yes, you are correct, the context is different, but I still believe the main justification for exponential discounting (almost-clearly the kind of discounting R. Hausmann is discussing) is mathematical convenience. There is a fascinating empirical literature on impatience which rarely, as far as I know, supports exponential discounting -- patience is exercised in some contexts (call that counting, as opposed to dis-counting), non-exponential discounting of the hyperbolic variety has some empirical support, habit formation, Uzawa functionals, etc..

notsneaky

pat toche
I think there is pretty broad support for some kind of discounting. It might be hyperbolic but exponential discounting is just a special case of that.
Also there's just plain ol' introspection. Have you ever been impatient? And the fact that discounting has a natural interpretation as impatience means it's not just mathematical convenience. The same natural interpretation does not arise in inter generational discounting so there it's more suspect.

reason

I commented elsewhere that this is a very Eurocentric view of things. Why wasn't there a discussion of Roman times and the dark ages. (Suggesting the Bruce Wilder has a large part of the answer with his enlightenment suggestion.)

But what about Jane Jacobs view that it was urbanisation that mattered? The idea of rapid productivity in non-agriculture would surely support this.

pat toche

notsneaky,

I agree with you, it's not just mathematical convenience, but my guess is that it's mostly that. Exotic discounting such as hyperbolic discounting introduces difficulties -- such as time inconsistency -- which are conveniently avoided by exponential discounting.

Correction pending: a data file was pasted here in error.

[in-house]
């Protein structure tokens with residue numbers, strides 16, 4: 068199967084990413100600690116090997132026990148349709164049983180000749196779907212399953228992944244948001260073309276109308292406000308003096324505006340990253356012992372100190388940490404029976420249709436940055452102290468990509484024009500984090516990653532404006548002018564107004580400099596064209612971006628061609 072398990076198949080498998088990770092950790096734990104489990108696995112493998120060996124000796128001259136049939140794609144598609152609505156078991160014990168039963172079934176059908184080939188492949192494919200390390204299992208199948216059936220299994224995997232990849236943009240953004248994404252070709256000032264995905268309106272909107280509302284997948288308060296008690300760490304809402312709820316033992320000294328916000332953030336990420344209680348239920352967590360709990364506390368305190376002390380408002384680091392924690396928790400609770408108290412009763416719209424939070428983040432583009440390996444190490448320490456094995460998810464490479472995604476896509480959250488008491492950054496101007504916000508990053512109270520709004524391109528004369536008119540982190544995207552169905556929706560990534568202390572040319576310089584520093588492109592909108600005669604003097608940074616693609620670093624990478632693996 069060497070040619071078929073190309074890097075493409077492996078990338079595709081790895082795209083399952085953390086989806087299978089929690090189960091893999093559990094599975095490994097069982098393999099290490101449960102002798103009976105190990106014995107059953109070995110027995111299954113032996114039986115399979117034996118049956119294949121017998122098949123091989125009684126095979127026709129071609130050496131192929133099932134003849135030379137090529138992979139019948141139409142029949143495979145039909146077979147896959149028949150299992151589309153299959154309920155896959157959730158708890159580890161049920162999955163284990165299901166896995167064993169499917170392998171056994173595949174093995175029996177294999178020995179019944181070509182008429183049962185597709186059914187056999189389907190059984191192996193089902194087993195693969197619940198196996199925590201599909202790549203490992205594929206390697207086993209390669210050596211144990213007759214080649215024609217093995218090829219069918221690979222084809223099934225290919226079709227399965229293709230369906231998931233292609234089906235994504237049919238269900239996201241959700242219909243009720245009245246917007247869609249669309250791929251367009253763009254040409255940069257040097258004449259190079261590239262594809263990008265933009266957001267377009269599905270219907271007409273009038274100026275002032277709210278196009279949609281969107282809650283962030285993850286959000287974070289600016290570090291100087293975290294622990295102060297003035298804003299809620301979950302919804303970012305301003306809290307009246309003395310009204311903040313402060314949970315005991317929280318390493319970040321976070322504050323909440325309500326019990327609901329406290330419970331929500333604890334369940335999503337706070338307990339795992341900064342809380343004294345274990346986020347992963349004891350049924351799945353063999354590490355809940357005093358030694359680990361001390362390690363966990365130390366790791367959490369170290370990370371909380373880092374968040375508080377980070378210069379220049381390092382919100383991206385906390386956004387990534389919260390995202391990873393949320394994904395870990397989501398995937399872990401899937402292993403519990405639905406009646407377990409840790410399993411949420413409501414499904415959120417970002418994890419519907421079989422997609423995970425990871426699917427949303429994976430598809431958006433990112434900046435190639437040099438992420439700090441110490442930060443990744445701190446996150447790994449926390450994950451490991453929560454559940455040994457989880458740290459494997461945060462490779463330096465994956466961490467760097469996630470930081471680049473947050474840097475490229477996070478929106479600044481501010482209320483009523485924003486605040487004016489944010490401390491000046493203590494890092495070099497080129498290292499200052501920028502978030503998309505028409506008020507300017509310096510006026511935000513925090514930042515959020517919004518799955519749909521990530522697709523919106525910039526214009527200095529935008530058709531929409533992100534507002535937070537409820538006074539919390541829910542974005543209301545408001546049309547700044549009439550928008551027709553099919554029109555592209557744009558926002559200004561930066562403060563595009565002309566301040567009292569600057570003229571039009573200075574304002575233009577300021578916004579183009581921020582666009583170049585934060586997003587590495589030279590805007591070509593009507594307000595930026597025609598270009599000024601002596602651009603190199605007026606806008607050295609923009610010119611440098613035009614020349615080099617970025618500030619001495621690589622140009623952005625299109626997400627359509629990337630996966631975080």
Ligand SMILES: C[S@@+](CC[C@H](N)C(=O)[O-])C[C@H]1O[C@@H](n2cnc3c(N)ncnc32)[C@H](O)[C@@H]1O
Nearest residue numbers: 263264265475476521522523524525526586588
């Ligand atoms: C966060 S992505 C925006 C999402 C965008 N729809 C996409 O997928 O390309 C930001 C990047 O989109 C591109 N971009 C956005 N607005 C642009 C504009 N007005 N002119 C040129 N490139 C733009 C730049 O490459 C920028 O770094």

I may be impatient to eat when I'm hungry, it doesn't mean I am discounting the future, but rather because (say) my marginal utility for food is high at that moment.

I'm a lot more convinced by the interpretation of exponential discounting as mortality risk than as an intrinsic human psychological trait, there's an awful lot of evidence that people eat the cherry on the cake last, you wouldn't expect them to if they were discounting exponentially...

anyway best to stop this here as you might get impatient with me...

notsneaky

The impatient-when-hungry example is interesting but rather particular.

Per Kurowski

Re Pat Toche: "people eat the cherry on the cake last, you wouldn't expect them to if they were discounting exponentially..."

Why not? You could be discounting exponentially and be aware of it and so you leave the cherry for last knowing that doing so you will be able to enjoy it without any exponentially discounting distractions… especially as when you say there is a whole cake under the cherry.